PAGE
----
A day before the Oklahoma City bombing, Timothy McVeigh (search) walked into a salon with a dark-skinned man who resembled an FBI suspect sketch released early in the investigation, two hairstylists testified at the trial of conspirator Terry Nichols (search).

Their testimony Monday was part of Nichols' defense strategy to suggest that others helped McVeigh plan and execute the 1995 bombing and that Nichols was set up to take the blame.

As the investigation began, the FBI released the sketch of a dark-skinned man, known only as John Doe No. 2, believed to have helped McVeigh rent the truck that blew up outside the Alfred P. Murrah Federal Building (search) on April 19, 1995.

The man was cleared after he was identified as an Army private who had been in the rental shop the day after McVeigh. But Nichols' defense contends that John Doe No. 2, who does not resemble Nichols, was someone else.

Kathy Henderson, who worked in a hair salon in Junction City, Kan., testified Monday that the sketches of McVeigh and John Doe No. 2 look "almost exactly" like the men who came into the salon together.

Tonia Rumbaugh, another employee, said the unidentified man appeared to be Hispanic, with thick, gray-tinged dark hair. McVeigh stood at the door while the other man asked for a haircut, but there were no open appointments, Rumbaugh said.

Also Monday, the defense called witnesses to show that Nichols was trying to build a life and a business at the time, not a bomb.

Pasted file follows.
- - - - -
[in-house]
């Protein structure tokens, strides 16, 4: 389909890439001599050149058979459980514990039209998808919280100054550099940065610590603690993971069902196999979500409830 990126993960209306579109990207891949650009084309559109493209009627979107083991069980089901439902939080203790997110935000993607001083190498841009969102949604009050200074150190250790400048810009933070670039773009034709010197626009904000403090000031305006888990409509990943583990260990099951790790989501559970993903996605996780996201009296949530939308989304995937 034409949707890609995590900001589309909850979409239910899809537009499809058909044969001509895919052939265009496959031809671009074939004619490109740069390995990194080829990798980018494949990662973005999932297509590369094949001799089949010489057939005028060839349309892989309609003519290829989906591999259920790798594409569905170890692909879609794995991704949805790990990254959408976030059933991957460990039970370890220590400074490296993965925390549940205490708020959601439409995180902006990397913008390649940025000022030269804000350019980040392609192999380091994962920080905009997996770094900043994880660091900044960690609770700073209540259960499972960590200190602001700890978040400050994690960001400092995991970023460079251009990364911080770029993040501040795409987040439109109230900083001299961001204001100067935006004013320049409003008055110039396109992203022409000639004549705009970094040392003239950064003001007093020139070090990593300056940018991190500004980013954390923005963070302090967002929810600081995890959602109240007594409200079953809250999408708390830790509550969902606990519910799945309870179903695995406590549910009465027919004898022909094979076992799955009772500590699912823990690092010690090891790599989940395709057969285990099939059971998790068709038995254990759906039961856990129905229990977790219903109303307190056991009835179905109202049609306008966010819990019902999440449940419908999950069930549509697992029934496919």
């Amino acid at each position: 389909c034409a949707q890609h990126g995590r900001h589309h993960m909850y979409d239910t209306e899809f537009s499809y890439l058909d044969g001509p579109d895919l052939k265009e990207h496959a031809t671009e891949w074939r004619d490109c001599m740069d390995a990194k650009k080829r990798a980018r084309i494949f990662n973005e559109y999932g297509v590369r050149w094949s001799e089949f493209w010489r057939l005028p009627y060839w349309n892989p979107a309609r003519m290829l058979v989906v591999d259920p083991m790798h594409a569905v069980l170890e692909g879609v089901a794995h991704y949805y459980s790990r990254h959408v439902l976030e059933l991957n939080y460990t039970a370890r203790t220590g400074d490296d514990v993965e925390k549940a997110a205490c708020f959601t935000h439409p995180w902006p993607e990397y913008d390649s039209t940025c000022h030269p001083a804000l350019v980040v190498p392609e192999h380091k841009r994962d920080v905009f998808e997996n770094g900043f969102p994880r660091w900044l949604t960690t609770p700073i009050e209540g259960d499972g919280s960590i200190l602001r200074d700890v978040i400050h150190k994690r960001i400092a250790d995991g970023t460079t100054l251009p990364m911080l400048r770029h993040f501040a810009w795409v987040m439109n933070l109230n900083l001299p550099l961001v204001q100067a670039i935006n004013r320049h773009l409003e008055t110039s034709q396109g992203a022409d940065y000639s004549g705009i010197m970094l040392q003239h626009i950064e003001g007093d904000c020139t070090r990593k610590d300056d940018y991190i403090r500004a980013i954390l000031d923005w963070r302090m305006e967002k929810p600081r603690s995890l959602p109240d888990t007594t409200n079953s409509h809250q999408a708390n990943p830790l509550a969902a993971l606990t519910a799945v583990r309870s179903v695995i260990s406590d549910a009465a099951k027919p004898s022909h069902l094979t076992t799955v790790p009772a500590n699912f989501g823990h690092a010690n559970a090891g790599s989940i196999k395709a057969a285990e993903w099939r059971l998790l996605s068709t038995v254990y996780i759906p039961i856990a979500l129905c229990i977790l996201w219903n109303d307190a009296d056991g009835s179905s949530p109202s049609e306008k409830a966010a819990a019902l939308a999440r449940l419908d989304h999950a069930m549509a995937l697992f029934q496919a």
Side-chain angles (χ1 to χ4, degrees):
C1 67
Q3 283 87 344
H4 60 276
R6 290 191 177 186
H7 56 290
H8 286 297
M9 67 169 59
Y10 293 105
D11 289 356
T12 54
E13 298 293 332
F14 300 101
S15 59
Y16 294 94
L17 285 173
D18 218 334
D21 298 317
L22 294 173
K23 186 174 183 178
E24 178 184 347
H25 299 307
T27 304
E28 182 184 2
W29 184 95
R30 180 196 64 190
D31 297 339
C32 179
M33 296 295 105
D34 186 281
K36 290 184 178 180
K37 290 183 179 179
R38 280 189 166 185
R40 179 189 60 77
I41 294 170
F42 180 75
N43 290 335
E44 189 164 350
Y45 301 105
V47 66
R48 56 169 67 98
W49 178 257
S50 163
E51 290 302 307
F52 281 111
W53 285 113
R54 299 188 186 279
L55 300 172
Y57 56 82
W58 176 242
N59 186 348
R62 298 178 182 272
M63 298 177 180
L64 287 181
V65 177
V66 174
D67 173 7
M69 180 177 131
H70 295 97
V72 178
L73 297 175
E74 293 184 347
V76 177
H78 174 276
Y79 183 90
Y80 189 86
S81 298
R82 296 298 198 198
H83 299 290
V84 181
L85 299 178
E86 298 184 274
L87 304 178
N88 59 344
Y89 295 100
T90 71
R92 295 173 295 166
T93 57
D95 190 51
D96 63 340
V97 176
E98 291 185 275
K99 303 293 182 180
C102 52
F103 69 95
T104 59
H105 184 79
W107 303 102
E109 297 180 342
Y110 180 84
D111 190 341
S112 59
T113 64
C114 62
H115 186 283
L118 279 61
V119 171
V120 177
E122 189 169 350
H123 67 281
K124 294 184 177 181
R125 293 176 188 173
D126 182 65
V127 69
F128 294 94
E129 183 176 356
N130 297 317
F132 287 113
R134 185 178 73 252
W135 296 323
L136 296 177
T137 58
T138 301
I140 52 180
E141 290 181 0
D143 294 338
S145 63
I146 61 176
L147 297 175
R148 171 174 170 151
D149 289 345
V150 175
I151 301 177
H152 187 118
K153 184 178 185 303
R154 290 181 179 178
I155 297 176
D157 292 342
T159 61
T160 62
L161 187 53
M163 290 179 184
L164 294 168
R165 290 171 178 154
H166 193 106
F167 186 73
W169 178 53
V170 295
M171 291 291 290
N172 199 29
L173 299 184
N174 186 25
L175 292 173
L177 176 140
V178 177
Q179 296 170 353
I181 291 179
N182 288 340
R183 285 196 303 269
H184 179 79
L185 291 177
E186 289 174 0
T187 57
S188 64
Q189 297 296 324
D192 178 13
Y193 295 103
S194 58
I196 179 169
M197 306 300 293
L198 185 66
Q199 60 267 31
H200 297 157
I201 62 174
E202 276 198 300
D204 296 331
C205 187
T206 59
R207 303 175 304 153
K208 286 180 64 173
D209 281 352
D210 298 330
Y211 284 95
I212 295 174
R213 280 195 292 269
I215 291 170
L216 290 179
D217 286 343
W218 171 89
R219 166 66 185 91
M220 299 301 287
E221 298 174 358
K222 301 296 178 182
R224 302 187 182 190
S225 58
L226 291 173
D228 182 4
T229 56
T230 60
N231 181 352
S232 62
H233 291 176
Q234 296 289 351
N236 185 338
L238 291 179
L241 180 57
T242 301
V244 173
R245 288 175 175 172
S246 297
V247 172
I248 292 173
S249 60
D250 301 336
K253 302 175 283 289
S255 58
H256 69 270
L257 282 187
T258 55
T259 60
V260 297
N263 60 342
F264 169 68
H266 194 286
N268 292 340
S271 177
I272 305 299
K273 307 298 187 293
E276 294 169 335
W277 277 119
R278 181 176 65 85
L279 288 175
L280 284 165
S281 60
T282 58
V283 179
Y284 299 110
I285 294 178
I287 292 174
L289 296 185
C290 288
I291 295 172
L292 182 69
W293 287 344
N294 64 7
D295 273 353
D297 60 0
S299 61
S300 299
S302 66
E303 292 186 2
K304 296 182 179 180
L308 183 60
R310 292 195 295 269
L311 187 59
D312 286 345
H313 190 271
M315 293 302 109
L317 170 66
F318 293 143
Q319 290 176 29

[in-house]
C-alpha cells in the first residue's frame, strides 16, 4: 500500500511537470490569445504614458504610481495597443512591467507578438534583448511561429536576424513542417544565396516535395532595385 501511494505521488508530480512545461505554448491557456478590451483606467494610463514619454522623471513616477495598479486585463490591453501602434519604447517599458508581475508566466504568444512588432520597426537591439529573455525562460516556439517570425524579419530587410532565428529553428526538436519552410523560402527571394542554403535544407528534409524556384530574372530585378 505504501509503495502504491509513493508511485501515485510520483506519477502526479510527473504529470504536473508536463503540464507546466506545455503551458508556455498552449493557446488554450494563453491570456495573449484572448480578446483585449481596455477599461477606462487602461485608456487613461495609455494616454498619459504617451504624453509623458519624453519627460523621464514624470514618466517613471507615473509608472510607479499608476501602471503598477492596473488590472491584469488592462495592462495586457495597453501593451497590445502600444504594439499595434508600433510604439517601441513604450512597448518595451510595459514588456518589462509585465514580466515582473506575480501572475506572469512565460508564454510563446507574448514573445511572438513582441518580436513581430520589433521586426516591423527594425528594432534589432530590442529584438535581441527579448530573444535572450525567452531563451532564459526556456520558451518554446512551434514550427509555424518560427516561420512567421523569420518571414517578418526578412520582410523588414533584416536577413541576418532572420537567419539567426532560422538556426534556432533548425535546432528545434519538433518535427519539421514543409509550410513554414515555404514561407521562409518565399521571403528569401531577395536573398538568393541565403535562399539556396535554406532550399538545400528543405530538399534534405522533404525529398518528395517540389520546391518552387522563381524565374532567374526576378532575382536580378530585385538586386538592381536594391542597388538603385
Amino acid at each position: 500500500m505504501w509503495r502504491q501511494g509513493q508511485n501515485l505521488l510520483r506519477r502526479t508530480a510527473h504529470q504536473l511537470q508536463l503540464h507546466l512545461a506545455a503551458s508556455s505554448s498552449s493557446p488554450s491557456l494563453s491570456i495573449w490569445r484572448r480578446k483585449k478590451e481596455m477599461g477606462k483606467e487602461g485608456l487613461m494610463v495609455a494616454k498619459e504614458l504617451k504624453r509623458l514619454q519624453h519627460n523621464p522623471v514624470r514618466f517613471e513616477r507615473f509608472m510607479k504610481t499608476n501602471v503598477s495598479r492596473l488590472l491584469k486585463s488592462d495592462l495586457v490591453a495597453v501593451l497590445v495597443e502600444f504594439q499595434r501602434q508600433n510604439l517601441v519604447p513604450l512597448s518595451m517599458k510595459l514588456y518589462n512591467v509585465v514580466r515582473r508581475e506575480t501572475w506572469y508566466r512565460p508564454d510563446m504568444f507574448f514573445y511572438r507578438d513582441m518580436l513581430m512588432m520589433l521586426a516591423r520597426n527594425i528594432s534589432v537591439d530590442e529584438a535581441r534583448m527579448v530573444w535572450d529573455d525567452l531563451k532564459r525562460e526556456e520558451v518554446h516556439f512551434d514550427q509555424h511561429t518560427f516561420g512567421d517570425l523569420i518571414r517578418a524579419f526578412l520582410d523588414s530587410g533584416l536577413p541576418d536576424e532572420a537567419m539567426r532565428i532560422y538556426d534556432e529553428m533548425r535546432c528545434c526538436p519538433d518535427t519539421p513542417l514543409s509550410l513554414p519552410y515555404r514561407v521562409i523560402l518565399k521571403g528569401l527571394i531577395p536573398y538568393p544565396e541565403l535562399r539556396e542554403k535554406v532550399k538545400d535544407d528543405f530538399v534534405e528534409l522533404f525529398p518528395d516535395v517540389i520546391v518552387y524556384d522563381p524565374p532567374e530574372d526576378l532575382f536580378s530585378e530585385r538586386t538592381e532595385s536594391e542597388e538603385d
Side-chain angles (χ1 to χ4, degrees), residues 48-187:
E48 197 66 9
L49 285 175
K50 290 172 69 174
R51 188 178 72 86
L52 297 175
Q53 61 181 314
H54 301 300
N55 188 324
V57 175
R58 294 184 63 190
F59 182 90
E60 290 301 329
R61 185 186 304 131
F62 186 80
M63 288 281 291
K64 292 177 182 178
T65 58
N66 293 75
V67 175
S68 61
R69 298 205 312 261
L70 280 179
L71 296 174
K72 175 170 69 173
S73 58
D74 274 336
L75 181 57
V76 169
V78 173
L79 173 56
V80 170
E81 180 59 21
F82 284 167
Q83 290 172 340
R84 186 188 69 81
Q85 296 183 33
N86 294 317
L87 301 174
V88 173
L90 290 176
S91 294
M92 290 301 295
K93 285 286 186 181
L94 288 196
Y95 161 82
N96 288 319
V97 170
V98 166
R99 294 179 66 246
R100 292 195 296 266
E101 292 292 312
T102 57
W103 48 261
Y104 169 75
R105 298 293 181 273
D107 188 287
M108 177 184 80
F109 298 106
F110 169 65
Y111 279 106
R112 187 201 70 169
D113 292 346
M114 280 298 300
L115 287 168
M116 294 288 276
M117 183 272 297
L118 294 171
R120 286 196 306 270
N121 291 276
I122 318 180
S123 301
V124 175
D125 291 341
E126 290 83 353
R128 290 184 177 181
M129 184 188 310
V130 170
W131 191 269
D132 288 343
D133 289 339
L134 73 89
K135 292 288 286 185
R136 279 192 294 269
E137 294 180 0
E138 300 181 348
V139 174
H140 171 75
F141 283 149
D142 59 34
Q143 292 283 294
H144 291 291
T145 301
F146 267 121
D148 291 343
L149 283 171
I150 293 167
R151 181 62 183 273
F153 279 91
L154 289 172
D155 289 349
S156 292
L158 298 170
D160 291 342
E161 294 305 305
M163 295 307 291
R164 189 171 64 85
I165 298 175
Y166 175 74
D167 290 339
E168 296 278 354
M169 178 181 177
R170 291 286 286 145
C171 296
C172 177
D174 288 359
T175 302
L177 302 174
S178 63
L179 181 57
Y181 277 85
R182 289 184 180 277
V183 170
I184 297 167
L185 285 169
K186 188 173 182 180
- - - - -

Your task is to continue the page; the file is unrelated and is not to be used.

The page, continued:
James Shirley said he met Nichols a month before the bombing at a gun show in Manhattan, Kan., where Nichols bought a pistol, holster and other accessories for $600 or $700. Nichols had a table at the show where he offered rifles, shotguns and ammunition for sale, said Shirley, who lives in Sierra Vista, Ariz.

On cross examination, Shirley said he saw a lot of anti-government literature at the show, including hats and T-shirts critical of the government's siege at the Branch Davidian (search) compound in Waco, Texas, on April 19, 1993. Prosecutors allege the bombing was a plot to avenge the Waco siege.

Patricia Gragg of Topeka, Kan., a gun show promoter, testified that Nichols paid a $75 deposit for two tables at another gun show planned for the last weekend of April 1995. Nichols, arrested as a material witness two days after the bombing, did not show up, Gragg said.

Testimony was to resume Tuesday.

Nichols, 49, is serving a life prison sentence on involuntary manslaughter and conspiracy counts in the deaths of eight federal law enforcement officers in the bombing.

In Oklahoma, he faces 161 counts of first-degree murder for the deaths of the other 160 victims and one victim's fetus.

McVeigh was convicted on federal murder charges and executed in 2001.